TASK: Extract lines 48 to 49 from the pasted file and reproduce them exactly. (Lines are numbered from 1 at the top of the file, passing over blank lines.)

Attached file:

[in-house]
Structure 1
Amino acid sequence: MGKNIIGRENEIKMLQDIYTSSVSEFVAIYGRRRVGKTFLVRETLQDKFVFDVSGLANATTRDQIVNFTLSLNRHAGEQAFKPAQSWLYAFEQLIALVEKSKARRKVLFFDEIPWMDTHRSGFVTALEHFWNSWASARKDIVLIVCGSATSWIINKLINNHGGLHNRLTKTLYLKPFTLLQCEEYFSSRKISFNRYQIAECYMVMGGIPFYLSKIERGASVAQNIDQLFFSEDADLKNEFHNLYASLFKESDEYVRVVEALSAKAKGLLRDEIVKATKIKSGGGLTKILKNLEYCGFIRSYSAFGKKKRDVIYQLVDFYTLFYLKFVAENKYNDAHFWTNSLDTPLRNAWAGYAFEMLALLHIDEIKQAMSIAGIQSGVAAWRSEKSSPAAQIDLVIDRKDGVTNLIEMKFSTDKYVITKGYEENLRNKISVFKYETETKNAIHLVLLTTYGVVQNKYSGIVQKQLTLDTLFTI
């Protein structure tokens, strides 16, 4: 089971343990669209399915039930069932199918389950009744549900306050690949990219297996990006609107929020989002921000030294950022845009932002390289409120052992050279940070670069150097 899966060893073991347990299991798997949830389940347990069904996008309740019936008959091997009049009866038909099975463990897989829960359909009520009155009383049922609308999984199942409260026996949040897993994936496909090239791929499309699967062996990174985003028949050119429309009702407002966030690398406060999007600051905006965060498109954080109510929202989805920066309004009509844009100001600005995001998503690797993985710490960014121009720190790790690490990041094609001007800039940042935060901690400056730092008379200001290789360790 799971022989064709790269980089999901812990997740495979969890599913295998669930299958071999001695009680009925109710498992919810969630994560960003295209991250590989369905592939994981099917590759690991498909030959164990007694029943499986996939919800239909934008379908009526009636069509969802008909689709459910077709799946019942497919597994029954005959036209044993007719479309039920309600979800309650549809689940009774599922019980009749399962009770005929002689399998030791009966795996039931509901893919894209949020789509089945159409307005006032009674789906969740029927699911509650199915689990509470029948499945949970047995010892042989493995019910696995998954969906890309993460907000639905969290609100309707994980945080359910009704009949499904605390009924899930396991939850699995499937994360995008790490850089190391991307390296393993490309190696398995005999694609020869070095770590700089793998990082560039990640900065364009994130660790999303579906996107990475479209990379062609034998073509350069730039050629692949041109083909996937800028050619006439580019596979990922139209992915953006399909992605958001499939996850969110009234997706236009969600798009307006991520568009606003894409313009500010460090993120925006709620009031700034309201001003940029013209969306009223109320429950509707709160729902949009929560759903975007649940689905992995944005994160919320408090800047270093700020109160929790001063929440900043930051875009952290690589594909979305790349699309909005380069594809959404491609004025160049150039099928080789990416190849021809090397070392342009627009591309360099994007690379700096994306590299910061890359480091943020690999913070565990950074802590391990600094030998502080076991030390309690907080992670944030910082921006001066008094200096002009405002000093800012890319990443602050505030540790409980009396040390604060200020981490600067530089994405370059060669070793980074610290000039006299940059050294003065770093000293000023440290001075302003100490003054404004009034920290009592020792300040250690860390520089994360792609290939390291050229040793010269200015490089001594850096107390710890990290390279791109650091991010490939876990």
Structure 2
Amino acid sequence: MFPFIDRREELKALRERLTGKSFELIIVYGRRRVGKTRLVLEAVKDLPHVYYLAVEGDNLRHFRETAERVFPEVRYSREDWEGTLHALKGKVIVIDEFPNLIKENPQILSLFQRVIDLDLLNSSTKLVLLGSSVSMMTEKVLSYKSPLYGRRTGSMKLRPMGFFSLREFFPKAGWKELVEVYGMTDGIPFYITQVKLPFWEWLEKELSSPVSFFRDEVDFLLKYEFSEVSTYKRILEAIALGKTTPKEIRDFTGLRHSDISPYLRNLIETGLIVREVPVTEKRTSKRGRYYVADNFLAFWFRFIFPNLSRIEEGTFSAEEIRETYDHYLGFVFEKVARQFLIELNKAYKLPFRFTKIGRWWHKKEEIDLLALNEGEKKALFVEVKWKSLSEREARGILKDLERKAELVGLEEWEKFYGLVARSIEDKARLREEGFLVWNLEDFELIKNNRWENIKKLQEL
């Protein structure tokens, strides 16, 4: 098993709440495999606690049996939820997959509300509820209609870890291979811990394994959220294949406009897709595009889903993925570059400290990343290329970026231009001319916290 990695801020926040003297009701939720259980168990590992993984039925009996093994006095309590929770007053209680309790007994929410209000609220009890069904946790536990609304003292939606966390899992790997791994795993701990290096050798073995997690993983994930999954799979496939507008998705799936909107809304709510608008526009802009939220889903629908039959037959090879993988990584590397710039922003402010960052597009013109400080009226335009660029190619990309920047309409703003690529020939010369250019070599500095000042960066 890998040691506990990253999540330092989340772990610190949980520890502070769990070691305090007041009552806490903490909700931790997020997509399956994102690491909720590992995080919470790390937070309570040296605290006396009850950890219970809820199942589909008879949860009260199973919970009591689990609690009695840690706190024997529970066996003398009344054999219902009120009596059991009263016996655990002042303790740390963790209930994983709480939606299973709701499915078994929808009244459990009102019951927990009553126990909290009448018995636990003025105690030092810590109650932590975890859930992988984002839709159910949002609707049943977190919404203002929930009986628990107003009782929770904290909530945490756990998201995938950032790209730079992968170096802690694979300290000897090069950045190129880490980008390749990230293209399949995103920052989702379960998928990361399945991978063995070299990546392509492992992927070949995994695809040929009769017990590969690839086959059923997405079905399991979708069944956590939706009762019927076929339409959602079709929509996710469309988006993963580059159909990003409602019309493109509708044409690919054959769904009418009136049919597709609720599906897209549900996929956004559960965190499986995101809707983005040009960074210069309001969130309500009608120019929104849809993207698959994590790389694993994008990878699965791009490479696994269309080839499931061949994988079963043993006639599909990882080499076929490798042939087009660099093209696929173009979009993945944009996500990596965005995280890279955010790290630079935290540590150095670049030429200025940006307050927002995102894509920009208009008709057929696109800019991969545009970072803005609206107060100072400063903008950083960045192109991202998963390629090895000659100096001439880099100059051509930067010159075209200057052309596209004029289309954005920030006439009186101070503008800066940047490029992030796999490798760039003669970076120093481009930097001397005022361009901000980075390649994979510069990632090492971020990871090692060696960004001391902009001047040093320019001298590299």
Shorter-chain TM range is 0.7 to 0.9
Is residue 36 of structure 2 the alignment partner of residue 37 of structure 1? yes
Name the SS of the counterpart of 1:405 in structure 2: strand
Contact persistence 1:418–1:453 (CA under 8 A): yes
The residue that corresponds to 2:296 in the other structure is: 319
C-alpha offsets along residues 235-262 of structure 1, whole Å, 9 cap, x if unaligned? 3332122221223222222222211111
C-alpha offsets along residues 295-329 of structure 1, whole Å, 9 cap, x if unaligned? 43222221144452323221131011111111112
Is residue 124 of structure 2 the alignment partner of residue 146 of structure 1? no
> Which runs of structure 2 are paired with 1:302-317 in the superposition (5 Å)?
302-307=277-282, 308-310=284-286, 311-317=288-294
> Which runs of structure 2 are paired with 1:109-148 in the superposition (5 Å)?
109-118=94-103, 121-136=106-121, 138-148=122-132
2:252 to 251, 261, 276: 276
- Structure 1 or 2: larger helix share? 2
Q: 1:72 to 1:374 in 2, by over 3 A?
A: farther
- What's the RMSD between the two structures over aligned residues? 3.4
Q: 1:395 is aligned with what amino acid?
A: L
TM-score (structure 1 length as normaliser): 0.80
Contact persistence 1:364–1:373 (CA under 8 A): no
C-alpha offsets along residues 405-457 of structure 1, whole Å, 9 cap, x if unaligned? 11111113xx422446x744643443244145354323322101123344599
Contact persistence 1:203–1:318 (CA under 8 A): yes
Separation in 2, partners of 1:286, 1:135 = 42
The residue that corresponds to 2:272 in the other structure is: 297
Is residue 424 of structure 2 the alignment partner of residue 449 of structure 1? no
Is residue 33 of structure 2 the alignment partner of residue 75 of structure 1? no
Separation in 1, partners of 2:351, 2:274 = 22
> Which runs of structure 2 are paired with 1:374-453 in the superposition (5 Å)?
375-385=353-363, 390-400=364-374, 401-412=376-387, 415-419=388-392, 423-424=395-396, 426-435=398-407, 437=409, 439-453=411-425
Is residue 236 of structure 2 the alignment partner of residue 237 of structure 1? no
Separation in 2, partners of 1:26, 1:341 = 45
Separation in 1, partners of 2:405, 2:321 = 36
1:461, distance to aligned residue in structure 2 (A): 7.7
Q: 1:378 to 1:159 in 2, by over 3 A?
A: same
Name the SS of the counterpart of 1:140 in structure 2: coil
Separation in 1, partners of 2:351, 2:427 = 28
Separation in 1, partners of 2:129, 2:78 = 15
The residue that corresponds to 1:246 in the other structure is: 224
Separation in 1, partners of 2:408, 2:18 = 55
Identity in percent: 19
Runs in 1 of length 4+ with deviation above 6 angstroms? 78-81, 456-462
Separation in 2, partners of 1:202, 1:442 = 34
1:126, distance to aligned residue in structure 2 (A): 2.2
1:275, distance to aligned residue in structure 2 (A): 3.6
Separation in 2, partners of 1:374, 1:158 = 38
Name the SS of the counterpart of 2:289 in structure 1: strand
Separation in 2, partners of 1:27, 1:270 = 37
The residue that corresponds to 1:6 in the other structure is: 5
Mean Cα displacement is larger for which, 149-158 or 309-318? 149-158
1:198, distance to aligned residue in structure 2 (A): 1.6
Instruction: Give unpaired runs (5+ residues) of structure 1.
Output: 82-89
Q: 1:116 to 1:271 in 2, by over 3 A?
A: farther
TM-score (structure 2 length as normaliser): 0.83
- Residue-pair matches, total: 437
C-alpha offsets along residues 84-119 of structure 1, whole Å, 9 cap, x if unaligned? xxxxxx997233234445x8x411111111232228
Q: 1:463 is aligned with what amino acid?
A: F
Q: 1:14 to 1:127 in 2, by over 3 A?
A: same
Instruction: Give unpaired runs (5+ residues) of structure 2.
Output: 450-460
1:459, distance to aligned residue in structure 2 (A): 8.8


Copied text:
Separation in 1, partners of 2:408, 2:18 = 55
Identity in percent: 19